Walmart recently came under fire for their ice cream sandwiches, because they apparently do not melt. People flocked to YouTube to document their ‘unmelting’ desserts, claiming that their solid state must be proof of dangerous chemicals and preservatives used in their manufacturing process. So really: why don’t ice cream sandwiches melt?
Spicy foods contain a chemical called capsaicin, which activates a receptor found in your mouth and on your tongue called a TRPV1 receptor. There is some variation in the sensitivity of these receptors, and even the amount of them, from person to person. This variance may be one reason some of us can’t handle the spice, and others love it. Studies have shown that repeat exposure to capsaicin raises the amount needed for a similar effect, so it may also be that the more spicy food you eat, the more you can handle. Lastly, there is likely a psychological element at play in spice-lover’s obsession- studies have shown that many spice enjoyers do feel the burn like spice haters, but find it a pleasurable experience, rather than a painful one. Indeed, it seems that to love spicy food is to take pleasure from the pain.
Why is chicken breast white and dark meat dark? It all has to do with different kinds of muscle. Dark meat is a result of the predominant presence of slow oxidative muscle fibres used for sustained activity by active muscles such as found in the legs and thighs. These fibres have a continuous rich supply of oxygen and generate low levels of force over long periods of time. They contain high levels of a protein called myoglobin that helps facilitate oxygen transport from the blood. This iron-rich, red-pigmented protein, when cooked, turns into metmyoglobin and is what gives dark meat its colour. By contrast, fast glycolytic muscle fibres are mainly found in chicken breast and other muscle regions that are not used actively. These muscle fibres lack myoglobin but are capable of generating a large force over a short time span.
Forgive me if I sound like I’m confessing to being an alcoholic or naturopath, but with all the misinformation, pseudoscience and nonsense that plague the vegetarian and vegan worlds, being a vegetarian scientist can sometimes feel like being a walking oxymoron.
In my experience there are 3 main reasons one becomes a vegetarian (not including a distaste or allergy for meat, in which case their vegetarianism is less of a choice and more of a mandate):
Meat has a tremendous environmental impact. Dr. Joe has previously written about this but, to give you a hint, it takes roughly 54 calories of fossil fuel to produce 1 calorie of beef protein, while it takes only 2 calories of fossil fuel to produce 1 calorie worth of soy protein. Combine animals’ vast land, water and food needs, their methane expulsion (37% of all human-released methane), and the issue of what to do with their corpses once used up, and it becomes pretty clear that cutting down on, or eliminating meat is good for Mother Earth.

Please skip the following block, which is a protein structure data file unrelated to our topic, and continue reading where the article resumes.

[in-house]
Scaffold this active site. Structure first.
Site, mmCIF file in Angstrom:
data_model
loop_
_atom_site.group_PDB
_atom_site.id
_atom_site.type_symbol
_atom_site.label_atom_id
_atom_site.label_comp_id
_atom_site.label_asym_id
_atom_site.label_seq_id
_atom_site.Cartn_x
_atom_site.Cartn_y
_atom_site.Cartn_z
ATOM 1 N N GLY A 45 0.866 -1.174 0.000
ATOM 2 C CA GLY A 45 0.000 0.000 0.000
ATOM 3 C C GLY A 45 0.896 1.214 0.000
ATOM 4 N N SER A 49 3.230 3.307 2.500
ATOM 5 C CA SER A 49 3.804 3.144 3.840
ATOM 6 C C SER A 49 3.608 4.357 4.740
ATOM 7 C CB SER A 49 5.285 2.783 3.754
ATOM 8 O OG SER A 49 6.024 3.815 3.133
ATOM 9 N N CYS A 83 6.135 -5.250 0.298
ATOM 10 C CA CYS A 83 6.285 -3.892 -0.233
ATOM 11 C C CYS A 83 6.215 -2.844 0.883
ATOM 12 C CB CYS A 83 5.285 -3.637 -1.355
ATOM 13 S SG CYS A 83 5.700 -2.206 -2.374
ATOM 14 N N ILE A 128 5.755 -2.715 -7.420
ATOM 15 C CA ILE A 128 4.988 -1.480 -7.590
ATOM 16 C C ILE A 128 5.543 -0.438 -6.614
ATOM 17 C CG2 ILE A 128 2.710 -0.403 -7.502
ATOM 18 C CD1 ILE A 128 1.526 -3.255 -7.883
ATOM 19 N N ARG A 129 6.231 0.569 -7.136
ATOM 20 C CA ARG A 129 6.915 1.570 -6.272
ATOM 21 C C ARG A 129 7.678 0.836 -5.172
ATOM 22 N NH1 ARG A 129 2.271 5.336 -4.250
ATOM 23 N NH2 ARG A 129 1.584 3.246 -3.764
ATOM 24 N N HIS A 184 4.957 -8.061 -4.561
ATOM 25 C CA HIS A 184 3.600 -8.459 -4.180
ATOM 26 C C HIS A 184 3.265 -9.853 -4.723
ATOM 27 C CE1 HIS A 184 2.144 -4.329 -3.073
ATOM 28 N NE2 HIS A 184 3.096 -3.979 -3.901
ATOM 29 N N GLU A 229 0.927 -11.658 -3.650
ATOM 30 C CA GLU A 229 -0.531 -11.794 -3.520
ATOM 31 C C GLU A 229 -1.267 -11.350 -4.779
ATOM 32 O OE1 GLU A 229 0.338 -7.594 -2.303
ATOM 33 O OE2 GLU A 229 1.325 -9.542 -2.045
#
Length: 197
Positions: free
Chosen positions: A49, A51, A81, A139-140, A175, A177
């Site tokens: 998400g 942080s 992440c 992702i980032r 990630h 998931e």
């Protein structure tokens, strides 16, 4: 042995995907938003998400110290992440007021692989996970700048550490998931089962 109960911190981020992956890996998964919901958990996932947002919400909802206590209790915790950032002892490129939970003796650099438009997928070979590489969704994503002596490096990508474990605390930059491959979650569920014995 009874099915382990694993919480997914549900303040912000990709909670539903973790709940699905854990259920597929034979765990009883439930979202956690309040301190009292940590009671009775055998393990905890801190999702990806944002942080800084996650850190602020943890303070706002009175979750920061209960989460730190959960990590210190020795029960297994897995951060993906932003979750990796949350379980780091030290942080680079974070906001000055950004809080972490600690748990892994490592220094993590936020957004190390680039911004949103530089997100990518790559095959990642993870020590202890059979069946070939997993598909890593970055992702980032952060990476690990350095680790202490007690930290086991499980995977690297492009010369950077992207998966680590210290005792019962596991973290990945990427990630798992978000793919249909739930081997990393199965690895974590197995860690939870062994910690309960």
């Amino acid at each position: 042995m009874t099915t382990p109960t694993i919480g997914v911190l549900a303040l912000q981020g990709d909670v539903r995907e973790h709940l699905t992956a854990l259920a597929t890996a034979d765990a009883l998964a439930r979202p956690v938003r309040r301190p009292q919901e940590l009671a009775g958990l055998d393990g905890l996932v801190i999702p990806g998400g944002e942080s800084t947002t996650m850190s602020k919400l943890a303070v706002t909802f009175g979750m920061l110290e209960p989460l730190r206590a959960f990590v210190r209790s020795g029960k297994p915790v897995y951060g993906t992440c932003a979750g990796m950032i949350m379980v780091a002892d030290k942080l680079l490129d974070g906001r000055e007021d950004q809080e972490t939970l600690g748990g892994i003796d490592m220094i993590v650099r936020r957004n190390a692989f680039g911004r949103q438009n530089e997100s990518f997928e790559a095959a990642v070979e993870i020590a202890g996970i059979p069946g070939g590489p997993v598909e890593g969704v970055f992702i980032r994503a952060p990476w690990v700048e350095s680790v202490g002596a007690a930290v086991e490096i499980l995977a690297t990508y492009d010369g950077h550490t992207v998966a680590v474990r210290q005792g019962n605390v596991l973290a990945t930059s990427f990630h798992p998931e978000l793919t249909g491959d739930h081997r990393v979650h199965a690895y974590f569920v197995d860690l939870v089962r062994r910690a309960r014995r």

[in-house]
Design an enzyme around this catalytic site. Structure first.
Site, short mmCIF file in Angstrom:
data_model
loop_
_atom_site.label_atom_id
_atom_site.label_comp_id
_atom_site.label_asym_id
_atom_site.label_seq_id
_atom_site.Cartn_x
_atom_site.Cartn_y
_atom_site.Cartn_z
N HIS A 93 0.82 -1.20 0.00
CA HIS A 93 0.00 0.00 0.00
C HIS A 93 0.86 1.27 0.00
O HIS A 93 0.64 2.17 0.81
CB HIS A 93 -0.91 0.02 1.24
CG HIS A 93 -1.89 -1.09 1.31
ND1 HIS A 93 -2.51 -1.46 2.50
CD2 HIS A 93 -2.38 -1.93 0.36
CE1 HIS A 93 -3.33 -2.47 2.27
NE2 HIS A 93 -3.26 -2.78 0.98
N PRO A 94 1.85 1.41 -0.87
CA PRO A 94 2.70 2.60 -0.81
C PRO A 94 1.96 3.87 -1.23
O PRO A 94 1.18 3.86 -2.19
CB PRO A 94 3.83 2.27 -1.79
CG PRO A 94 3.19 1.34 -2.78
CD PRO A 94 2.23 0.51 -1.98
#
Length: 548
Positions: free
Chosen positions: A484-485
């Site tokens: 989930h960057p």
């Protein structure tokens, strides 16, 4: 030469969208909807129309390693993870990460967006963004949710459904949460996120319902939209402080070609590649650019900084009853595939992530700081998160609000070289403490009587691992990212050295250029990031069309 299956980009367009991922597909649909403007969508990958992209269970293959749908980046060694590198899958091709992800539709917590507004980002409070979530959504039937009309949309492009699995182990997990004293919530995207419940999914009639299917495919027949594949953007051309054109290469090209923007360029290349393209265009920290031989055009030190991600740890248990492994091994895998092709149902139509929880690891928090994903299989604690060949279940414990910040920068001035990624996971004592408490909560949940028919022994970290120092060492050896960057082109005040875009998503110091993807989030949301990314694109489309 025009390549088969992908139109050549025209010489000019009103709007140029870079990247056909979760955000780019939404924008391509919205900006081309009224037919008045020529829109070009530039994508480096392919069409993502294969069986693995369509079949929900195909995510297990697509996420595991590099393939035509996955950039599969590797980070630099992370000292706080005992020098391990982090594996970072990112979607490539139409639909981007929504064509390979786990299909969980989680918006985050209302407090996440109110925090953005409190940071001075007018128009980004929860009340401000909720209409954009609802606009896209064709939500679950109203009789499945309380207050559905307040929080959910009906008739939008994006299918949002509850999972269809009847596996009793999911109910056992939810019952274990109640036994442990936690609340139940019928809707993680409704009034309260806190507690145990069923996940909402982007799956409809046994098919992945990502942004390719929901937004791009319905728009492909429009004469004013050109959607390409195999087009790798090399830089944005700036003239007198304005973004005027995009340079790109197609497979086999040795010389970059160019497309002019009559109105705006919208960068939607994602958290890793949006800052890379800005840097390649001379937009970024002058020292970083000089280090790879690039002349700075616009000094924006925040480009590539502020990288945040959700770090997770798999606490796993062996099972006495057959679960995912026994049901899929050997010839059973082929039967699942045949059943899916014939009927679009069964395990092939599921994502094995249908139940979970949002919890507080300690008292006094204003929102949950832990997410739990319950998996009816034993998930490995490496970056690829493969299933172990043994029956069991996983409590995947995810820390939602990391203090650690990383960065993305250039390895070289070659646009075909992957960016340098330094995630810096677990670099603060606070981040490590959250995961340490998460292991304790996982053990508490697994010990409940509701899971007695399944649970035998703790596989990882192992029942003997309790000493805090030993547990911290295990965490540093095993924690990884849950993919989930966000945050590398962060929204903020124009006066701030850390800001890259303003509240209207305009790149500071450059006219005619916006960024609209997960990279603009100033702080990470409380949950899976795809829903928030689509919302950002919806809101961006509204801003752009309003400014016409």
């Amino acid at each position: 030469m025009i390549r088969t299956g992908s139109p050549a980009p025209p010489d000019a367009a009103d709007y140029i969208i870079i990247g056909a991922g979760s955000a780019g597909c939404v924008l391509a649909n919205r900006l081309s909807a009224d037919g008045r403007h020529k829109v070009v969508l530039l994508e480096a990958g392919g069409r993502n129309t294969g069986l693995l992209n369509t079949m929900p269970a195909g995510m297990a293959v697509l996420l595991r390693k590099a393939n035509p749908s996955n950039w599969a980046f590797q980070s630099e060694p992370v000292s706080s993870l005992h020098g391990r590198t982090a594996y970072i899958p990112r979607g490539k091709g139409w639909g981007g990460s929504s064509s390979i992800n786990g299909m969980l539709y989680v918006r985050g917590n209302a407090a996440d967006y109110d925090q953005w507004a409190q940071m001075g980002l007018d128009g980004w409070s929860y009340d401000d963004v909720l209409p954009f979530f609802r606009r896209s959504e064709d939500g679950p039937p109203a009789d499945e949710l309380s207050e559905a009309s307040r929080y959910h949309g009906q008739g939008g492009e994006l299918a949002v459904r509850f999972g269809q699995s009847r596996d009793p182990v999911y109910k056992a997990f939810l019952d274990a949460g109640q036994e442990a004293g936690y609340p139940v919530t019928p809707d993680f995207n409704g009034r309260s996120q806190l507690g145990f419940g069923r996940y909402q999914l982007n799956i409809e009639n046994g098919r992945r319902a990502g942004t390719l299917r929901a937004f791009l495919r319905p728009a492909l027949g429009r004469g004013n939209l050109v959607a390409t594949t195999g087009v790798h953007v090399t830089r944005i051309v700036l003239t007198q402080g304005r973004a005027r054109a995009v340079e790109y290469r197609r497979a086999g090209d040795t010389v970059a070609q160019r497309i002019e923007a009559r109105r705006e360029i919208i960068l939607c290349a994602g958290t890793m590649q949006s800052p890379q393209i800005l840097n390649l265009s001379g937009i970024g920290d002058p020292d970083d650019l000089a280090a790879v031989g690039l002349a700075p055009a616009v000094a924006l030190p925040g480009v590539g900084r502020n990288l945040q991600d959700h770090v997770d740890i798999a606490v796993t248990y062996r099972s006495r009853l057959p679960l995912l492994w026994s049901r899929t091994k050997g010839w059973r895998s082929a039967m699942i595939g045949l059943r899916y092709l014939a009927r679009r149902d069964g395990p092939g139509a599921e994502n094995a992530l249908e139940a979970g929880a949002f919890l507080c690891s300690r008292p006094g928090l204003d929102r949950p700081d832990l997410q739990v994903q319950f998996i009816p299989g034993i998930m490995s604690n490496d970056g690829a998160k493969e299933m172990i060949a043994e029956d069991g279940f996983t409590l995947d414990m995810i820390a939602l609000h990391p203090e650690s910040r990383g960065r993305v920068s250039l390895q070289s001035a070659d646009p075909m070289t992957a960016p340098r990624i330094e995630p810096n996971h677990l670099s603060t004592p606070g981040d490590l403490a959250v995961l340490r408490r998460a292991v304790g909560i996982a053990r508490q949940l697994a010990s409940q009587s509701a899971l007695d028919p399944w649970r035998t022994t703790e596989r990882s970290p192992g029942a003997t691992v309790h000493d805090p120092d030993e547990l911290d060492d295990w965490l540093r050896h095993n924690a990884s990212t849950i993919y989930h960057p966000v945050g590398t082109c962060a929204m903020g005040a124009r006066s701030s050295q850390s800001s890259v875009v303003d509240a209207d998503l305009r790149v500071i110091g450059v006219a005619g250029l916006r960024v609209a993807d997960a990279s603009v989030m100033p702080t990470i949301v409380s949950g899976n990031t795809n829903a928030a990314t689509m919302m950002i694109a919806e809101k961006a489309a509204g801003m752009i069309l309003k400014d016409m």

Once you start imaging cows, chickens and sheep as thinking, feeling beings, letting them live out their lives in battery cages becomes a lot less palatable. There are more ethical ways to get meat if you’re not willing to give it up altogether. Meat from free-range animals slaughtered in humane ways, fed good food and allowed to live into adulthood exists, but its heightened price tag makes it unpopular with the average consumer. Lab-grown meat is in development and may eventually be the answer we need but, for now, I’ll continue my five-year veggie streak.
I guess once you start questioning the sustainability and ethics of your meat-based foods, it’s natural to examine the effects on yourself and the world that your other foods might have. In that sense, vegans and vegetarians commonly advocate for fair trade foods, to ensure that their cup of coffee isn’t at the expense of an Ethiopian farmer’s welfare, a worthy endeavour. But they also often preach the benefits of organic and non-GMO foods, because non-organic and GMO foods are, if you believe many veggie bloggers, killing us and the world at large.
Despite the rigorous testing that GM foods must undergo and the building evidence that they are safe for both humans and the environment, vegan and vegetarian resources seem set on regurgitating the same myths about GMOs. This spreading of false information has created movements like the Non GMO Project, which has gotten so large that I can barely avoid it when buying my tofu or soy milk. I often find myself browsing blogs for a vegetarian dinner recipe, only to find unsubstantiated claims about how GMO foods are toxic for humans. Look, I wanted a spaghetti recipe with lemon, not nonsense.
It’s not that I’m not vegetarian for my health. Contrary to the preachings of what I like to call ‘bacon culture’, vegetarian and vegan diets are perfectly healthy for the average individual. Fruits and veggies have many health benefits, and the meat removed from a diet has to be replaced with something. It doesn’t escape my notice that a vegetarian diet is usually lower in calories and fat than one containing meat. But meat isn’t killing me anymore than is GM corn or non-organic soy.
Not all vegetarians are pseudoscience-believing, kale-munching, naturopath-visiting schmucks. I get my vaccines, eat GMOs, drink Diet Coke and eat too many French fries… I just don’t eat meat.
Hi! I’m Ada, and I’m a science-based vegetarian, but also an academic.
P.S. For some no-nonsense veggie- (and budget-) friendly blogs, check out these: